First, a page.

The women’s movement, the advent of television, rock and roll, the gay rights movement, the Vietnam War: explore photographs and documents bringing the turbulent 50s, 60s and 70s to life.

Photograph of an anti-Vietnam protest, [nd]

State Library Victoria members can access hundreds of databases from home (if your home is in Victoria). That’s millions of articles, magazines, archives, ebooks, videos, songs, audiobooks and more, available anytime. We’re taking a closer look at new and/or interesting databases as well as hidden gems from our collections. Read on for top picks and tips from Librarians.

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Today we’re going to have a look at Popular Culture in Britain and America, 1950-1975: rock and roll, counterculture, peace and protest, a database of primary source documents from a time of massive social, political and cultural change. The database features thousands of photographs, along with magazines, ephemera, memorabilia and more, which allow us to explore the key events and movements of this period.

Although the focus is on Britain and America, Australia is well represented with a number of fanzines, including the original Australian version of the iconic counter-cultural publication Oz.

Screenshot of database homepage banner.

What makes this database so great?

For those who want a quick idea of what this database offers, there are thematic image galleries, a themed photographic archive, and online exhibitions, which make browsing the content straightforward and highlight some of the treasures available. Because much of the politics and culture of this era was closely linked with art and visual culture, there are wonderful selections of images which can be easily browsed by topic.

Screenshot of Thematic Image Galleries menu.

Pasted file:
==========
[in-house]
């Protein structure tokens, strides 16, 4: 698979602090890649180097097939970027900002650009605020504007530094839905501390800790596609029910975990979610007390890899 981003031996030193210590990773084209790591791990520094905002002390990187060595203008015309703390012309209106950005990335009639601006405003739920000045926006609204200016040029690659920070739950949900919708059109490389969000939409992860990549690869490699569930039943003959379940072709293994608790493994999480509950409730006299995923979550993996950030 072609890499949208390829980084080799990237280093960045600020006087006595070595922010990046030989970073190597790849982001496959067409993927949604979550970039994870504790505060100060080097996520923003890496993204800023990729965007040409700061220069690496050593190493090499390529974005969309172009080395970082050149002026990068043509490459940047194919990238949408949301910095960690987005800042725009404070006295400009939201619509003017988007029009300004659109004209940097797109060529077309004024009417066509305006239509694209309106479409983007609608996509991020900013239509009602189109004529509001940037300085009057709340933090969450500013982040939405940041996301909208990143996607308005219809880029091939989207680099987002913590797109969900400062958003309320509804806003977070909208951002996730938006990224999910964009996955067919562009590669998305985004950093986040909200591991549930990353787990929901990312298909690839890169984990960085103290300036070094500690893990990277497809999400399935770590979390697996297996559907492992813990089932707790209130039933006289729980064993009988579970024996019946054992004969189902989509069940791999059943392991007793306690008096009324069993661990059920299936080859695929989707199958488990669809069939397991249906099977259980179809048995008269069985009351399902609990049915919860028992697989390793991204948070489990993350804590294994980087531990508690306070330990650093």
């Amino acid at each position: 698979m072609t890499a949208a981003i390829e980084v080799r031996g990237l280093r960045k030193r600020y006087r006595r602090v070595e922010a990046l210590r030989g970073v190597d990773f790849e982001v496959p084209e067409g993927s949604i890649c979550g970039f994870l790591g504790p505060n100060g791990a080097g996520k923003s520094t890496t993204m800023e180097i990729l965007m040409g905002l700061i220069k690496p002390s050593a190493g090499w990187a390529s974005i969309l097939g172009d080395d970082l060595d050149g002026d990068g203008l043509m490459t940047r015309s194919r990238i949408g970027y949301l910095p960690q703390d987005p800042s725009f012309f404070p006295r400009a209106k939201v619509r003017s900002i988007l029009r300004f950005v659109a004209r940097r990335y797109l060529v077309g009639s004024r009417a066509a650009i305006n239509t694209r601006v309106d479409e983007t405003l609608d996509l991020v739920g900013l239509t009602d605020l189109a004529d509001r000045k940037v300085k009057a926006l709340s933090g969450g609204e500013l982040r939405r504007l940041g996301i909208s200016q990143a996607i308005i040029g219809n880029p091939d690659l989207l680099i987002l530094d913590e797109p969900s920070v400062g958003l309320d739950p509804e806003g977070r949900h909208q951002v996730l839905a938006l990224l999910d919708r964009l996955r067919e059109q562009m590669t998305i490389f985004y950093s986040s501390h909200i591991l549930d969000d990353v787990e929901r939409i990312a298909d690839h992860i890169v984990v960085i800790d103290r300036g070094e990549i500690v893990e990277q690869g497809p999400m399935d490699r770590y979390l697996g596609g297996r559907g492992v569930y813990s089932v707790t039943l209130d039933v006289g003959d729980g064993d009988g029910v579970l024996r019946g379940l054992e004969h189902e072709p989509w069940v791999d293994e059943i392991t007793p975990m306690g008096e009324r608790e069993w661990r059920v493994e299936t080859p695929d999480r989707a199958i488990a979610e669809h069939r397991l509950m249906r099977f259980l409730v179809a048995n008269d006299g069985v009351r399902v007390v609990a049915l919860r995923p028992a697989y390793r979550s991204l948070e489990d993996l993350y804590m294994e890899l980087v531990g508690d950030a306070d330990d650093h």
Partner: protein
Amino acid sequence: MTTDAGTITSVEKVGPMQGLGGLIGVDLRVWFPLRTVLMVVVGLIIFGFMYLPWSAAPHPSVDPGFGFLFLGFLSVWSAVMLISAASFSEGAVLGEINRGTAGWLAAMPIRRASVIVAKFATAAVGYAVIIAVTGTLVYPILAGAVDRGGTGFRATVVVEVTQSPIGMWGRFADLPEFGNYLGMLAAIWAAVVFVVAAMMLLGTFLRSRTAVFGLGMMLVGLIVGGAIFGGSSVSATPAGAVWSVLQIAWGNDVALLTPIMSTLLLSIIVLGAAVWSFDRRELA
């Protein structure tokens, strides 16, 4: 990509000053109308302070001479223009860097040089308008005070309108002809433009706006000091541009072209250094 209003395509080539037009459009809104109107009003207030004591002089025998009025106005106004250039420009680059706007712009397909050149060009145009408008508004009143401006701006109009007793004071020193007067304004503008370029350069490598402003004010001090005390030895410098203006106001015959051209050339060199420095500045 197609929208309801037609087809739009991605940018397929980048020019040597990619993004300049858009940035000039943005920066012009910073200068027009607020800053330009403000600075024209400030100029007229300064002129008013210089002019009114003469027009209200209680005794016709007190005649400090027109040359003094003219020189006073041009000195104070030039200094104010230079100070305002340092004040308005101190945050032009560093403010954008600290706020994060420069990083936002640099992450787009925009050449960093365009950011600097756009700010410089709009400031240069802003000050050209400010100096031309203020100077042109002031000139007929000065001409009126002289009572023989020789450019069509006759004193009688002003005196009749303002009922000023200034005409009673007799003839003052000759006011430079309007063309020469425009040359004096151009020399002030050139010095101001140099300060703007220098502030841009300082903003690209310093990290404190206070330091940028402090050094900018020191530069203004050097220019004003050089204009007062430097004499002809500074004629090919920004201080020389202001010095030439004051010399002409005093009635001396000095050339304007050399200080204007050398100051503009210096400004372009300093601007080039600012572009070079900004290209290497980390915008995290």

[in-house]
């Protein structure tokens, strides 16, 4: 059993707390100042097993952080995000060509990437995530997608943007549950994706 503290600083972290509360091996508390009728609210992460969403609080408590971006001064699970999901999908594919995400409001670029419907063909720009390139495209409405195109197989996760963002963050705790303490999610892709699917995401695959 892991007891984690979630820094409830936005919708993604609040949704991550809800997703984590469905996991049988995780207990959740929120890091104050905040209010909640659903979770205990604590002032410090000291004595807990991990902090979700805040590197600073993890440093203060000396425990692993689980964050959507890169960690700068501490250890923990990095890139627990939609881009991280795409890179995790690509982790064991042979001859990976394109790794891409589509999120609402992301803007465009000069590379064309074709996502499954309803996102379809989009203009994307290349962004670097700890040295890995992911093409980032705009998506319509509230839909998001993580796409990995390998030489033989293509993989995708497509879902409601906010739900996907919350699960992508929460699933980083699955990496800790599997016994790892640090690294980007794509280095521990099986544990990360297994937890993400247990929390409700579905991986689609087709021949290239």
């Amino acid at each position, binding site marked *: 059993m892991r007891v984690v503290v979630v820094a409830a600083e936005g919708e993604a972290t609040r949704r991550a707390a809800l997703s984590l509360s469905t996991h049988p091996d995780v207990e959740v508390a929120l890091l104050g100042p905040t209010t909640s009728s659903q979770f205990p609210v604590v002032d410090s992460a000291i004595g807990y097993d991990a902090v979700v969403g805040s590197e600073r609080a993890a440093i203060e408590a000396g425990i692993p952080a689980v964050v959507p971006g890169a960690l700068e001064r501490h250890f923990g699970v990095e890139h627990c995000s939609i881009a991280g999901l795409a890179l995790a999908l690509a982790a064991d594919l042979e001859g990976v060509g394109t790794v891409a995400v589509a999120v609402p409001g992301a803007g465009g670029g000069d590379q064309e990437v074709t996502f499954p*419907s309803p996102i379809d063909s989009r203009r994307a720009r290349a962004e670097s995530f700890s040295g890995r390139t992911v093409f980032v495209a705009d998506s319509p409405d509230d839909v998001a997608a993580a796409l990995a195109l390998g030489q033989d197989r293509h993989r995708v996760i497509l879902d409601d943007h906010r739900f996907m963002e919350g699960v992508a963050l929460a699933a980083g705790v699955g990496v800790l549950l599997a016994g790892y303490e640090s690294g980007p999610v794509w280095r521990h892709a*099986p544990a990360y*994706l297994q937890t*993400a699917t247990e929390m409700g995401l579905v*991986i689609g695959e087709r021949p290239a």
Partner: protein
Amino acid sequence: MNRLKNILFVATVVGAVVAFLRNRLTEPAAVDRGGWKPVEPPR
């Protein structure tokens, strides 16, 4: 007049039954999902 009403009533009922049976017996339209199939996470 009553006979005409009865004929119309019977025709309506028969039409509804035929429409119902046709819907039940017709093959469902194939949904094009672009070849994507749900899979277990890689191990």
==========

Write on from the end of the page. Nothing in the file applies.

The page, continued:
The database does a great job of providing contextual information for many of the items through its virtual exhibitions and essays. Themed exhibitions on topics such as women’s liberation and consumerism, as well as essays and interviews, provide background information for the items in the database.

Another great way of navigating the collection is through the chronology, which can be viewed as a timeline or visualisation. This feature lets you look at a specific year, provides an overview of the key cultural and political moments from that year, and illustrates this with images from the database.

Screenshot of Chronology feature.

Database highlights

Oz was one of the most prominent examples of “underground press” – independently published magazines which reflected the countercultural movement. Started in Sydney, it is famous for being at the center of an obscenity trial in 1970 when the editors handed the magazine over to a group of schoolkids to edit. Here we have two cover images, the final issue’s cover being illustrated by Martin Sharp. Sharp was one of the magazine’s co-founders, and an artist famous for his psychedelic images which graced posters and album covers, including the Cream album Disraeli Gears.

Photography is another strength of this database. A highlight is the collection of over 3,500 images from the Mirrorpix archives. These are taken from the British press, and have been divided into easily searchable categories. A selection of images on the Cold War includes not only photographs, but also cartoons from British newspapers.

A hidden treasure of the database is a wonderful selection of press kits, which were distributed to cinemas to help them promote films. These fascinating multi page booklets are filled with articles, photographs, trivia and posters. The collection features kits for many famous films of the era such as Breakfast at Tiffany’s, The Sound of Music, and Rear Window, but also includes westerns, science fiction and B-movies, such as Soylent Green and Yog Monster from Space!

We hope you enjoy exploring Popular Culture in Britain and America, 1950-1975.

We always welcome your recommendations for database trials – let us know what you’d like to see.

Have a research query or questions on how to use our online collections? Ask a Librarian.

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